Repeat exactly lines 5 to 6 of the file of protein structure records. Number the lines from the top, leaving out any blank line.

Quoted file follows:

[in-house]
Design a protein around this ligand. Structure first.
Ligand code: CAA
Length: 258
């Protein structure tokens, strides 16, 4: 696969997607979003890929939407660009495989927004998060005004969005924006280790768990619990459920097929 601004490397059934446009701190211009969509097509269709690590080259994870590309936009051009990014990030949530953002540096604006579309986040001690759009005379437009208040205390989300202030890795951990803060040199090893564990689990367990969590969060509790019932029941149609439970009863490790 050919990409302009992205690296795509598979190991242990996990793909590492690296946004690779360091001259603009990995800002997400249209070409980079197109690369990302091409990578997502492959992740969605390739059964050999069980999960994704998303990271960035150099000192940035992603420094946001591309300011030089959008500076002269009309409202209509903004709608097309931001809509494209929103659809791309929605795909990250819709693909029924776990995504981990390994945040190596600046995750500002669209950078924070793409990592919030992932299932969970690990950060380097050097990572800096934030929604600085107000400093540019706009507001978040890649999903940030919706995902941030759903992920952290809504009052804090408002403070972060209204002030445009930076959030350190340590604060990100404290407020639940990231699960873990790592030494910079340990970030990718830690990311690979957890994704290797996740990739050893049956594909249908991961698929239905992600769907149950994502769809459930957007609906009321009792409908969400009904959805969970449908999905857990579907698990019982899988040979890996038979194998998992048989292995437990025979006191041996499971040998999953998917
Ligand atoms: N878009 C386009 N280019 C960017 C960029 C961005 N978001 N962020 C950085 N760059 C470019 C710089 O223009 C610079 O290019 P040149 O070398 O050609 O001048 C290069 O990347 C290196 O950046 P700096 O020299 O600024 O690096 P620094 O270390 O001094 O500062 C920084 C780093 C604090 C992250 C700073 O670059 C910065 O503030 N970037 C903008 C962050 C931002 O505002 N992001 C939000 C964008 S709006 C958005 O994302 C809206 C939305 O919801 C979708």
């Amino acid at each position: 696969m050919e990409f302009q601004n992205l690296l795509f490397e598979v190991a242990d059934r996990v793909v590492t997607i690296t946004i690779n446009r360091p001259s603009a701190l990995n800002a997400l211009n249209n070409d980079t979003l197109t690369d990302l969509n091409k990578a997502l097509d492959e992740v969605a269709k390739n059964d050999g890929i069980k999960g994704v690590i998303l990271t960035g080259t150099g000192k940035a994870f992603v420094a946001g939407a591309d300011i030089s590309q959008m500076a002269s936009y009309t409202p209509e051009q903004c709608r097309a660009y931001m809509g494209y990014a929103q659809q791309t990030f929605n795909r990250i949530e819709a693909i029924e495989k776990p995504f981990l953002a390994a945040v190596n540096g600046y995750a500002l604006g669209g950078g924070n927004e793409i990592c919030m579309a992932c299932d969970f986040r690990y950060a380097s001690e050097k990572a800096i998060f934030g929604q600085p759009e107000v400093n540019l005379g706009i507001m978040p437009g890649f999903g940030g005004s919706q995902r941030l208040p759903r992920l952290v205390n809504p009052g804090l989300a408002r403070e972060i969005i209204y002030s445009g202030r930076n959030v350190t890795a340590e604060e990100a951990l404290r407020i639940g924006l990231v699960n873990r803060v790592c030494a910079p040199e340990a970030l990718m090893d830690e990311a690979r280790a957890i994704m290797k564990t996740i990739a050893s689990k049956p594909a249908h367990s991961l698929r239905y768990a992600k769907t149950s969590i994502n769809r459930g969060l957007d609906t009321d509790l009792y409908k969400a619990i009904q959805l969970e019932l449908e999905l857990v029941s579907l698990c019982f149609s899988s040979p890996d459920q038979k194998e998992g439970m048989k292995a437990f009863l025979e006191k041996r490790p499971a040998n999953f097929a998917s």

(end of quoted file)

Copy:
């Protein structure tokens, strides 16, 4: 696969997607979003890929939407660009495989927004998060005004969005924006280790768990619990459920097929 601004490397059934446009701190211009969509097509269709690590080259994870590309936009051009990014990030949530953002540096604006579309986040001690759009005379437009208040205390989300202030890795951990803060040199090893564990689990367990969590969060509790019932029941149609439970009863490790 050919990409302009992205690296795509598979190991242990996990793909590492690296946004690779360091001259603009990995800002997400249209070409980079197109690369990302091409990578997502492959992740969605390739059964050999069980999960994704998303990271960035150099000192940035992603420094946001591309300011030089959008500076002269009309409202209509903004709608097309931001809509494209929103659809791309929605795909990250819709693909029924776990995504981990390994945040190596600046995750500002669209950078924070793409990592919030992932299932969970690990950060380097050097990572800096934030929604600085107000400093540019706009507001978040890649999903940030919706995902941030759903992920952290809504009052804090408002403070972060209204002030445009930076959030350190340590604060990100404290407020639940990231699960873990790592030494910079340990970030990718830690990311690979957890994704290797996740990739050893049956594909249908991961698929239905992600769907149950994502769809459930957007609906009321009792409908969400009904959805969970449908999905857990579907698990019982899988040979890996038979194998998992048989292995437990025979006191041996499971040998999953998917
Ligand atoms: N878009 C386009 N280019 C960017 C960029 C961005 N978001 N962020 C950085 N760059 C470019 C710089 O223009 C610079 O290019 P040149 O070398 O050609 O001048 C290069 O990347 C290196 O950046 P700096 O020299 O600024 O690096 P620094 O270390 O001094 O500062 C920084 C780093 C604090 C992250 C700073 O670059 C910065 O503030 N970037 C903008 C962050 C931002 O505002 N992001 C939000 C964008 S709006 C958005 O994302 C809206 C939305 O919801 C979708």